After I got done with the five or so hour campaign, I was off to the real meat and potatoes of any Call of Duty experience - the multiplayer. In short the good news is Call of Duty: Ghosts continues the stellar multiplayer of past experiences. There are a slew of maps (fifteen at launch) and almost equally as many modes to choose from. The majority of my time playing the multiplayer was in the typical COD staples of Deathmatch and Team Deathmatch. Although for the review I made sure to go through each of the new modes and reach out of my normal comfort zone.

In terms of new modes the highlights for me included Search and Rescue, which is almost identical to the old fan favorite Search and Destroy mode except now you can be revived by your team. You would think that this would take away from the experience but instead this mode can be even more intense than the original if you get a good team together. The other new mode I enjoyed was Blitz. Even though I’ve never been a big Capture the Flag fan this mode is a slight variation on that game type. Instead of capturing a flag you’re hitting a certain area of the map to rack in points. It’s one of the most frantic and depending on the map you choose can have everyone running crazily to try and hit the zones on the map.

Along the multiplayer front comes even more customization for your soldier and new gameplay perks. Without going into a great amount of detail on either area I will say that both compliment the multiplayer quite well. The game does bring the K9 companions into the fray but unfortunately they are nowhere near as satisfying to use as Riley is in the single player. Overall the multiplayer is still the staple of the franchise and although there isn’t anything revolutionary there is nothing quite like it out there. It’s still a great time and can provide countless hours of enjoyment.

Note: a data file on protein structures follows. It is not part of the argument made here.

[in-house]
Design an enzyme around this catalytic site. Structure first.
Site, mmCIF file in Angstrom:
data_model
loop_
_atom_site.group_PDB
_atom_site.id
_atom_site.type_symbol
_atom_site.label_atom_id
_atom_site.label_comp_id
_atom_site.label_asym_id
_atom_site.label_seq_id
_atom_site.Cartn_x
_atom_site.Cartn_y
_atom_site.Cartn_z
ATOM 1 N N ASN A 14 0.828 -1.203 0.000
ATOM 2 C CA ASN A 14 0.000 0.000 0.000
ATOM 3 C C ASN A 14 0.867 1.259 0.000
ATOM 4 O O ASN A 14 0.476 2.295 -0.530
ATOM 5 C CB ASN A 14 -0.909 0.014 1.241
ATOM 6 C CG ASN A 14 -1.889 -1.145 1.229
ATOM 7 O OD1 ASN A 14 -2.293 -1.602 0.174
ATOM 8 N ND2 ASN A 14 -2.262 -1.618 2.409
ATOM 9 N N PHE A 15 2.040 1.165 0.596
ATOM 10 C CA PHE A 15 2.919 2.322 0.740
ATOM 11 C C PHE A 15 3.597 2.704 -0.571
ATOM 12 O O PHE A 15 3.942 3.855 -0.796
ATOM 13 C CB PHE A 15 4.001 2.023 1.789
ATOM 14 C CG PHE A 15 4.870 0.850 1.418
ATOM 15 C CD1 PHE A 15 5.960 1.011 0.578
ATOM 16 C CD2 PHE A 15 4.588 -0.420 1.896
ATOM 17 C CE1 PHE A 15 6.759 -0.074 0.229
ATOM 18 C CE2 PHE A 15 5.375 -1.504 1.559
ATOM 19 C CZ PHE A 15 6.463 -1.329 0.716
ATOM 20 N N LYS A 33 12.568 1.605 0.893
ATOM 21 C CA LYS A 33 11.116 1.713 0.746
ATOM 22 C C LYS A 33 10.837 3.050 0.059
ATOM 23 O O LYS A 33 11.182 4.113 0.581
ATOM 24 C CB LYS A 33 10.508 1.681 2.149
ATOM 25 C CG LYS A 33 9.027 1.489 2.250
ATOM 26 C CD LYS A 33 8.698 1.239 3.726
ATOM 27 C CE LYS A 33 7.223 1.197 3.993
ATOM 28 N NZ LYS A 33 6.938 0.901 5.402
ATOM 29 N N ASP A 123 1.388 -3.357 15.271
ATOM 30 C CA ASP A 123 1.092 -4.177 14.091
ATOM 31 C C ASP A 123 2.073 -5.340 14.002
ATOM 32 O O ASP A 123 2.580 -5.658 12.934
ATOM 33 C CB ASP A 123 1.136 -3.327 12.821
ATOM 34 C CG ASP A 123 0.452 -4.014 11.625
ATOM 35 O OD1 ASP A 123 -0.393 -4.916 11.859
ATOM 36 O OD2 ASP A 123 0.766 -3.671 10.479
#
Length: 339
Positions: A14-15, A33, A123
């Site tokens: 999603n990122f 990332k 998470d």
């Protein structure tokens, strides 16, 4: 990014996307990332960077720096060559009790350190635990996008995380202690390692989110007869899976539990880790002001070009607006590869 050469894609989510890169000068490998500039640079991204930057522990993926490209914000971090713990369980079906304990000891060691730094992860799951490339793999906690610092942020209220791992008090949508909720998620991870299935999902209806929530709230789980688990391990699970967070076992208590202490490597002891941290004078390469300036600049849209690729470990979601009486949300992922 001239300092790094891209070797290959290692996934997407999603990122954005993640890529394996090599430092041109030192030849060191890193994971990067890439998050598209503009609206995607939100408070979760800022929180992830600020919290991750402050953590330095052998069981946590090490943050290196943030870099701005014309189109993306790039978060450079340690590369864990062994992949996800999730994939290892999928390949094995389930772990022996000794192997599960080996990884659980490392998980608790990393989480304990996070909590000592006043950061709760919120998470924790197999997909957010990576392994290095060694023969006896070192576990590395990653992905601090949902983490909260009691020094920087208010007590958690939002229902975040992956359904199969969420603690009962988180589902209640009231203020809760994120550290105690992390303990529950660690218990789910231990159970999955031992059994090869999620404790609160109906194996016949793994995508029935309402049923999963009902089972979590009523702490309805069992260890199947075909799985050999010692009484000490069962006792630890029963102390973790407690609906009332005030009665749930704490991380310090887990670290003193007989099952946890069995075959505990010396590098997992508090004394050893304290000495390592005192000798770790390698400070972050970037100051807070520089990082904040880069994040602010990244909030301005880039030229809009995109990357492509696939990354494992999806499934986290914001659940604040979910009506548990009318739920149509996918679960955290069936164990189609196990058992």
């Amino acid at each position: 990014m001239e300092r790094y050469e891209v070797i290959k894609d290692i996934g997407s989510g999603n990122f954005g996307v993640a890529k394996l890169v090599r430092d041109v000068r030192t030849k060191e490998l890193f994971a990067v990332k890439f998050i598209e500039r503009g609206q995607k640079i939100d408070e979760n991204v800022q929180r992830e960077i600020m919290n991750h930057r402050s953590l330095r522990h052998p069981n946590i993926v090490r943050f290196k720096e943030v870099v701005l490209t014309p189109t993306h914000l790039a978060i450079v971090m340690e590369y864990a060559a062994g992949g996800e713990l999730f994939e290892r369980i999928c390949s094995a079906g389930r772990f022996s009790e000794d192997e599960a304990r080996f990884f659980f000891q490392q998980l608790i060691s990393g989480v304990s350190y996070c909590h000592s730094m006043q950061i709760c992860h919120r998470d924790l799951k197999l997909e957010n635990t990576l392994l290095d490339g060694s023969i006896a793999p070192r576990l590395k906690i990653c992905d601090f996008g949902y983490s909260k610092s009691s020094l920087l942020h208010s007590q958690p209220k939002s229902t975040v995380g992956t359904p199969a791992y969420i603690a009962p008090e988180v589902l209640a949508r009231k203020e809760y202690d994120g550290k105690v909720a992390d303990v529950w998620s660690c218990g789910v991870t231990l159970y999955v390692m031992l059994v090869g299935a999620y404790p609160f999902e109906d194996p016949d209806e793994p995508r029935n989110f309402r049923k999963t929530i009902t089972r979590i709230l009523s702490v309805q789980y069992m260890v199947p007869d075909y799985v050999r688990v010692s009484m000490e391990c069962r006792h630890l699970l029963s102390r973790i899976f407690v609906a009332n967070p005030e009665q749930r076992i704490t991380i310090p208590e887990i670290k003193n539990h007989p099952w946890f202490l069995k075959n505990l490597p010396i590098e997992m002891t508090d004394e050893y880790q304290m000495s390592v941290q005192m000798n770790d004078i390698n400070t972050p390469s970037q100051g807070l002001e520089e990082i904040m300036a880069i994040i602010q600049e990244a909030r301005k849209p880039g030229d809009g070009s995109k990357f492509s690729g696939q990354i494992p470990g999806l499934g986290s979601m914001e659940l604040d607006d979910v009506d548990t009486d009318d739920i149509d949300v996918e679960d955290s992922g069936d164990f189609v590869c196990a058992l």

You’ve probably heard by now that Call of Duty: Ghosts introduces a new mode in place of the old Spec Ops mode called Extinction. The mode is more in the vein of the Zombies modes from the Treyarch Call of Duty games where you battle hordes of aliens while completing objectives. It’s nice to take a break from the craziness of multiplayer to enjoy a little cooperative fun but its value doesn’t last long.

Graphically, Call of Duty: Ghosts is going to feel pretty familiar to anyone who's played the last few Call of Duty titles. The environments are serviceable, and outside of the sequences in space, there aren't many stand out levels in single or multiplayer mode. Frame rates are consistent throughout the experience and you're getting yet another good looking Call of Duty game.

Everything about Call of Duty: Ghosts is solid, but does nothing from a narrative or gameplay standpoint to move the franchise forward. I'm sure the game will sell gangbusters again but for me the franchise is going to need to take bolder steps in future releases to maintain its firm lead on the rest of the industry.

Call of Duty: Ghosts was reviewed on a Playstation 3 debug unit at an event held by Activision and Infinity Ward in Dana Point, CA. 

The owner and editor-in-chief of I've been apart of the website since 2002 and purchased the website in 2010. Owning and running Darkstation is a dream come true. I love video games and I love writing and talking about them even more.